Catfolk Ninja Fourth Edition Style

To make a Catfolk Ninja we need two things: a Catfolk, and a Ninja. Well, duh :)

First, the Race. Catfolk are all about agility, speed and grace, so the first part of the write-up is a cinch – in effect, it’s a direct lift of the Elf Race block but with Wisdom switched for Charisma.

Average Height: 5’4”-6’0”
Average Weight: 130-170ld
Ability Scores: +2 Dexterity, +2 Charisma
Size: Medium
Speed: 6 squares
Vision: Low-light

I envision these Catfolk to be plains hunters, tied as closely to the flatlands as Elves are to their forests. Let’s give them Skill bonuses to Nature and Perception and proficiency in Shortbow and Spear. This makes them a great choice for any class with a sub-par Proficiency list – a Catfolk Wizard (Shaman?) would be great fun to play!

Languages: Common, Feline
Skill Bonuses: +2 Nature, +2 Perception
Catfolk Weapon Proficiency: You gain proficiency with the Shortbow and Spear

Finally, they need something special. Let’s give ‘em a bonus to Reflex defense to start with. I never understood the Races of the Wild giving Catfolk +1 AC – they’ll have fur, not tough hide – but we explained that away as some kind of graceful Dodge bonus in our games. Giving them an extra +1 Reflex bonus (along with their +2 DEX) should emphasize their (literally) catlike agility more accurately.

Finally, a peruse through the 4e MM takes us to the Panther entry with it’s Charging Pounce ability. That’s a perfect fit for my lion-like Catfolk who run down prey then leap at ‘em for the kill. In it goes!

Catfolk Reflexes: You gain +1 racial bonus to your Reflex defense
Charging Pounce: When the Catfolk charges, it deals an extra 1d6 damage and knocks the target prone.

There. One Catfolk Race, done.

Next up, the Ninja Class.

Wizards’ Converting Your Character article suggests this as a drop-in for the Ninja Class:

The best match for the ninja in 4th Edition so far is the rogue; however, this 4E class doesn’t have the Wisdom focus that the ninja did, so it’s an imperfect solution. If your DM will let you swap your high Wisdom for a high Charisma, then the trickster rogue build (p117) is an excellent fit. Consider using multiclass feats to pick up a utility power from the wizard or warlock class to mimic the supernatural ki powers of the ninja.

I prefer going the Two-Blade Ranger route, personally. Replace Nature with Streetwise as a Class skill and take Streetwise, Acrobatics, Endurance, Perception and Stealth as your Trained Skills. You’re firmly into Ninja territory here. The Ranger class provides a wider range of weapon proficiencies than the Rogue. You’re a Katana and Wakisashi wielding Ninja bastard who uses your Hunter’s Quarry and Prime Shot abilities to take out foes as swiftly as possible using a combination of close-range missile (shuriken & blowgun) and melee attacks.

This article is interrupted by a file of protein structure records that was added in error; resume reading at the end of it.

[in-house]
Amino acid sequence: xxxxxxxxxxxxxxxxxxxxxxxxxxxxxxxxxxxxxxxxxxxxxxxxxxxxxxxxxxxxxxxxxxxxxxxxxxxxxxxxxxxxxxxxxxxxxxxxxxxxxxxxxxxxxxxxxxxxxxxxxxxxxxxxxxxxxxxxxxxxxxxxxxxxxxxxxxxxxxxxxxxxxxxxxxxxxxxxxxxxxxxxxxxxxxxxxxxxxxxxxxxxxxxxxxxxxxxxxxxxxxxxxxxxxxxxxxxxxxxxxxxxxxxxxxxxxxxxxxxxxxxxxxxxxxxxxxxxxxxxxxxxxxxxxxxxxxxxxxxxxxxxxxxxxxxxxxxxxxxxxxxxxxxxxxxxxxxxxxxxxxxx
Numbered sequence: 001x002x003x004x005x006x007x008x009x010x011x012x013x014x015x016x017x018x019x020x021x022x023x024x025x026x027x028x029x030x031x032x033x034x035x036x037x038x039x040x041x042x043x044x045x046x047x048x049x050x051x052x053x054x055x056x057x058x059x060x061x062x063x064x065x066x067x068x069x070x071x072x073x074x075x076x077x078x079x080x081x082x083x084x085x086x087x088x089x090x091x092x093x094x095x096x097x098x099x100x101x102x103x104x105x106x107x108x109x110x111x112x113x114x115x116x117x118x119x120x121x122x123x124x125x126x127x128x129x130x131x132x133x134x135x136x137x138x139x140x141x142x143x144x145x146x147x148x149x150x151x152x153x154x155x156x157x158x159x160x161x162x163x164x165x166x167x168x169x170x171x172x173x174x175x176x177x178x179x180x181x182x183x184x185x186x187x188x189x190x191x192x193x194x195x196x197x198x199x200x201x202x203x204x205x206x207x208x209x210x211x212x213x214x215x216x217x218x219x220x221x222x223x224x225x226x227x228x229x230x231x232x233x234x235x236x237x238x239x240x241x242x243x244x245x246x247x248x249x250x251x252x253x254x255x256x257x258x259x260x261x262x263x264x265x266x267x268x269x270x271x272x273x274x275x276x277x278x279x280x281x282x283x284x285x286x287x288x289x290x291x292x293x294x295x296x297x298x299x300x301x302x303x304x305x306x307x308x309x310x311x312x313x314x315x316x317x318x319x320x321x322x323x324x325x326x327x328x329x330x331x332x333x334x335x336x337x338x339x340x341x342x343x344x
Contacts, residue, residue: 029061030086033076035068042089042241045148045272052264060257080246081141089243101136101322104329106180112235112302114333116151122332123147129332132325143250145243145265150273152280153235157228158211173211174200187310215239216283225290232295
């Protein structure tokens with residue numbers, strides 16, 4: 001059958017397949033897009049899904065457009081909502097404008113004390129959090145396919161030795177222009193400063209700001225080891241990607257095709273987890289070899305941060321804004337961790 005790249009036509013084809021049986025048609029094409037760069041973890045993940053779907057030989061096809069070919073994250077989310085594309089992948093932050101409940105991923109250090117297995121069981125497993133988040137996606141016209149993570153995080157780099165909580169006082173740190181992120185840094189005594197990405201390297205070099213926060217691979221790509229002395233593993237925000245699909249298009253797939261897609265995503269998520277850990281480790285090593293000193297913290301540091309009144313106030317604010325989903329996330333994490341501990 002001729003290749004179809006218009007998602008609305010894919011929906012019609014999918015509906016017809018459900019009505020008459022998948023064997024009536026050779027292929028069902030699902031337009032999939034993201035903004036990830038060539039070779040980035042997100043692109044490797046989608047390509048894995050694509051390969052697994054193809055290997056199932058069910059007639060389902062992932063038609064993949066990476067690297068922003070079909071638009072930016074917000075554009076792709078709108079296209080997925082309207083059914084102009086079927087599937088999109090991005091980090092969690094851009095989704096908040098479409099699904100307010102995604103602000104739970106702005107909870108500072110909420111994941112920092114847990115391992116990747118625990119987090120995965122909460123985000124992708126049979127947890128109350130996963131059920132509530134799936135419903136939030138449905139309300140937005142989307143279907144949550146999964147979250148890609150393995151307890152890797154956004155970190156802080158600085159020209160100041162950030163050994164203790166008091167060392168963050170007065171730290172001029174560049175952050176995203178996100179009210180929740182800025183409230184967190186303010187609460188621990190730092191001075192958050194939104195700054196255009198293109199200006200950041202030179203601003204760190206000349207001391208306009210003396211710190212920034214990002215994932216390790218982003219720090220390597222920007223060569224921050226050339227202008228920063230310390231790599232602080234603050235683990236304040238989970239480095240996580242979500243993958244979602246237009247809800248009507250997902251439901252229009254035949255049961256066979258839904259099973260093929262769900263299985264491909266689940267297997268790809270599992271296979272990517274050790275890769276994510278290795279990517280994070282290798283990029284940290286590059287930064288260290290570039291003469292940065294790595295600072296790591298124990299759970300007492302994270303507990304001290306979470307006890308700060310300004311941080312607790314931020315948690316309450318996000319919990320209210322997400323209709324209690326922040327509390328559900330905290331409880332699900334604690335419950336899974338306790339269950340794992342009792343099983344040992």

Unlike the Rogue’s Powers which are all based around Swashbuckling flair, a Ranger’s attacks emphasize strategy and movement. With Powers called Hit and Run, Twin Strike and Two-Fanged Strike, how can the Ranger not be a Ninja drop-in!!!

Finally, take a Feat which stresses one part of your Catfolk Ninja’s style. Skill Training(Thievery or Bluff) or Skill Focus(Stealth) are good choices, though if you want your Ninja to gain Thiefly skills taking the multi-class Feat Sneak of Shadows is a better route as this provides both the Thievery trained skill and access to Sneak Attack once per encounter.

Now imagine a pouncing Catfolk Ninja doing an extra +4d6 damage (Pounce + Sneak + Hunter’s Quarry) against an unaware opponent – then they’re knocked Prone. And that’s with a basic attack at 1st level! A Power such as Jaws of the Wolf (usable 1/day) means that’s an attack with both weapons, each of which doing double damage!! Wielding a Katana and Wakizashi (long and short sword), a STR 14 Catfolk Ninja could do 2d8+6d6+4 damage if both strikes hit. And the poor victim is Prone afterwards! Ouch.

Did I mention we like Catfolk Ninja ‘round here? No? :D

If you prefer your Ninjas with more spy-talent and less combat excessiveness then take Skill Training(Bluff) instead. In 4e, Bluff covers a whole range of deceptions including Disguises and Forgery, as well as creating a diversion to Hide and Bluffing in combat to gain a Combat Advantage – perfect when you do finally break down and take Sneak of Shadows for that Sneak Attack. You know you will.

Putting it all together into a final character gives us this, quite possibly the first ever Fourth Edition Catfolk Ninja.

I guarantee it won’t be the last.

Rei Tsutomu Good Catfolk Ninja-1
STR 14, CON 12, DEX 18, INT 10, WIS 13, CHA 17
AC 16 (Leather), Fort 13, Ref 16, Will 13
hp 29, bloodied 14, surges 7/day
Low-light vision, Move:6, Catfolk reflexes, Charging Pownce, Fighting style(Two-blade), Hunter’s Quarry, Prime Shot
WP: Shortbow, Spear, all simple & martial, AP: Cloth, leather, hide, Sneak of Shadows
Acrobatics +9, Bluff +3, Endurance +6, Nature +3 ,Perception +8 ,Streetwise +8 ,Stealth +9, Thievery +9
Languages: Common, Feline
Hit & Run/at-will, Twin Strike/at-will, Evasive Strike/encounter, Jaws of the Wolf/day
Equipment: Katana & Wakizashi, Shortbow, Blowgun, Shuriken, Adventurer’s Kit

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2 Responses

  1. David says:

    I loved cat people ever since getting hold of the D&D adventure Rage of the Rakasta. You’re write up makes for a great 4e update!

  1. November 22, 2010

    […] and the PCs will be captured only to escape (Skill Challenge!) or die trying. Give him a harem of Catfolk Ninjas and loyal Rakshasa entourage to keep the PCs busy before the final, fateful (and doubtless […]

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